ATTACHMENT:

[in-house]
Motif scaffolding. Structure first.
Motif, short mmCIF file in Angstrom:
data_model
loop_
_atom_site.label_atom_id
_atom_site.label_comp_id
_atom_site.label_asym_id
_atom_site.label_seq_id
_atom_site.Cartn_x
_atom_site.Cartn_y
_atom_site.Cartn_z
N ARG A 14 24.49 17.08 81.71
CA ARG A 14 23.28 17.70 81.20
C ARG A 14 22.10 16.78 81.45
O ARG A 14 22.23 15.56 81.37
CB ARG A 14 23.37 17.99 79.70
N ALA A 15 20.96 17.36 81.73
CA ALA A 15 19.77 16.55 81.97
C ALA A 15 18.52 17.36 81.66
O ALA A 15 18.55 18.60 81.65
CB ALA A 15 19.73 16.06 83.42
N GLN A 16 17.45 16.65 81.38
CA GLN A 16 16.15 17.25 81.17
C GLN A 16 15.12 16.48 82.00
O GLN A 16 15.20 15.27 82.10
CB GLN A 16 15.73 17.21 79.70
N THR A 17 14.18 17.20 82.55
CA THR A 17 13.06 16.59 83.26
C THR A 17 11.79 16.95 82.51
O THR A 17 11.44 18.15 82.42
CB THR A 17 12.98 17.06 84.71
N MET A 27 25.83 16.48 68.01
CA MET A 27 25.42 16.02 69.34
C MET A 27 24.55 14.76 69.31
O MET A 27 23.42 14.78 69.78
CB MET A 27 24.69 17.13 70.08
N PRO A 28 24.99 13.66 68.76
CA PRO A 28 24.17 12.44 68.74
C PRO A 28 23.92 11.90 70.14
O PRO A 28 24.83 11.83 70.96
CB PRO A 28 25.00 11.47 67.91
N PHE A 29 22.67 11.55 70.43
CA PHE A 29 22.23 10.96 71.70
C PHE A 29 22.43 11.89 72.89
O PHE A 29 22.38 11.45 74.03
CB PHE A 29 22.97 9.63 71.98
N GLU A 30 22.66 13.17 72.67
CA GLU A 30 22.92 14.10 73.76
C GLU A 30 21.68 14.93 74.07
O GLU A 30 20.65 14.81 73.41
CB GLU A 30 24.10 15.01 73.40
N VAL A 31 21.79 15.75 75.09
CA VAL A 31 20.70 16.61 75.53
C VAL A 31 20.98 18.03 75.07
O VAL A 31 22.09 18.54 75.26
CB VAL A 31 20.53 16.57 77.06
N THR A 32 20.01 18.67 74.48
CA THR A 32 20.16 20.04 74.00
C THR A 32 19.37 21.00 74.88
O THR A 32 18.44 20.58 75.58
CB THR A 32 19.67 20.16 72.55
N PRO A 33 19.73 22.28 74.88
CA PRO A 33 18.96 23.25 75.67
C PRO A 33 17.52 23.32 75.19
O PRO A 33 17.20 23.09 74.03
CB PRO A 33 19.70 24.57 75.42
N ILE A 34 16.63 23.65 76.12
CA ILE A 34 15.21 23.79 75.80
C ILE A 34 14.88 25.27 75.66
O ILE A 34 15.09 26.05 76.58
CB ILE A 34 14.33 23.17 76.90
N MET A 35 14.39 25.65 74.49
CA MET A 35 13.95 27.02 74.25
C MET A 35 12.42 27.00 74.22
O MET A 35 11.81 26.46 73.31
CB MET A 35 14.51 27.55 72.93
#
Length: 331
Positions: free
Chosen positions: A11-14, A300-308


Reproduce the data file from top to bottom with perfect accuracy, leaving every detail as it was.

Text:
[in-house]
Motif scaffolding. Structure first.
Motif, short mmCIF file in Angstrom:
data_model
loop_
_atom_site.label_atom_id
_atom_site.label_comp_id
_atom_site.label_asym_id
_atom_site.label_seq_id
_atom_site.Cartn_x
_atom_site.Cartn_y
_atom_site.Cartn_z
N ARG A 14 24.49 17.08 81.71
CA ARG A 14 23.28 17.70 81.20
C ARG A 14 22.10 16.78 81.45
O ARG A 14 22.23 15.56 81.37
CB ARG A 14 23.37 17.99 79.70
N ALA A 15 20.96 17.36 81.73
CA ALA A 15 19.77 16.55 81.97
C ALA A 15 18.52 17.36 81.66
O ALA A 15 18.55 18.60 81.65
CB ALA A 15 19.73 16.06 83.42
N GLN A 16 17.45 16.65 81.38
CA GLN A 16 16.15 17.25 81.17
C GLN A 16 15.12 16.48 82.00
O GLN A 16 15.20 15.27 82.10
CB GLN A 16 15.73 17.21 79.70
N THR A 17 14.18 17.20 82.55
CA THR A 17 13.06 16.59 83.26
C THR A 17 11.79 16.95 82.51
O THR A 17 11.44 18.15 82.42
CB THR A 17 12.98 17.06 84.71
N MET A 27 25.83 16.48 68.01
CA MET A 27 25.42 16.02 69.34
C MET A 27 24.55 14.76 69.31
O MET A 27 23.42 14.78 69.78
CB MET A 27 24.69 17.13 70.08
N PRO A 28 24.99 13.66 68.76
CA PRO A 28 24.17 12.44 68.74
C PRO A 28 23.92 11.90 70.14
O PRO A 28 24.83 11.83 70.96
CB PRO A 28 25.00 11.47 67.91
N PHE A 29 22.67 11.55 70.43
CA PHE A 29 22.23 10.96 71.70
C PHE A 29 22.43 11.89 72.89
O PHE A 29 22.38 11.45 74.03
CB PHE A 29 22.97 9.63 71.98
N GLU A 30 22.66 13.17 72.67
CA GLU A 30 22.92 14.10 73.76
C GLU A 30 21.68 14.93 74.07
O GLU A 30 20.65 14.81 73.41
CB GLU A 30 24.10 15.01 73.40
N VAL A 31 21.79 15.75 75.09
CA VAL A 31 20.70 16.61 75.53
C VAL A 31 20.98 18.03 75.07
O VAL A 31 22.09 18.54 75.26
CB VAL A 31 20.53 16.57 77.06
N THR A 32 20.01 18.67 74.48
CA THR A 32 20.16 20.04 74.00
C THR A 32 19.37 21.00 74.88
O THR A 32 18.44 20.58 75.58
CB THR A 32 19.67 20.16 72.55
N PRO A 33 19.73 22.28 74.88
CA PRO A 33 18.96 23.25 75.67
C PRO A 33 17.52 23.32 75.19
O PRO A 33 17.20 23.09 74.03
CB PRO A 33 19.70 24.57 75.42
N ILE A 34 16.63 23.65 76.12
CA ILE A 34 15.21 23.79 75.80
C ILE A 34 14.88 25.27 75.66
O ILE A 34 15.09 26.05 76.58
CB ILE A 34 14.33 23.17 76.90
N MET A 35 14.39 25.65 74.49
CA MET A 35 13.95 27.02 74.25
C MET A 35 12.42 27.00 74.22
O MET A 35 11.81 26.46 73.31
CB MET A 35 14.51 27.55 72.93
#
Length: 331
Positions: free
Chosen positions: A11-14, A300-308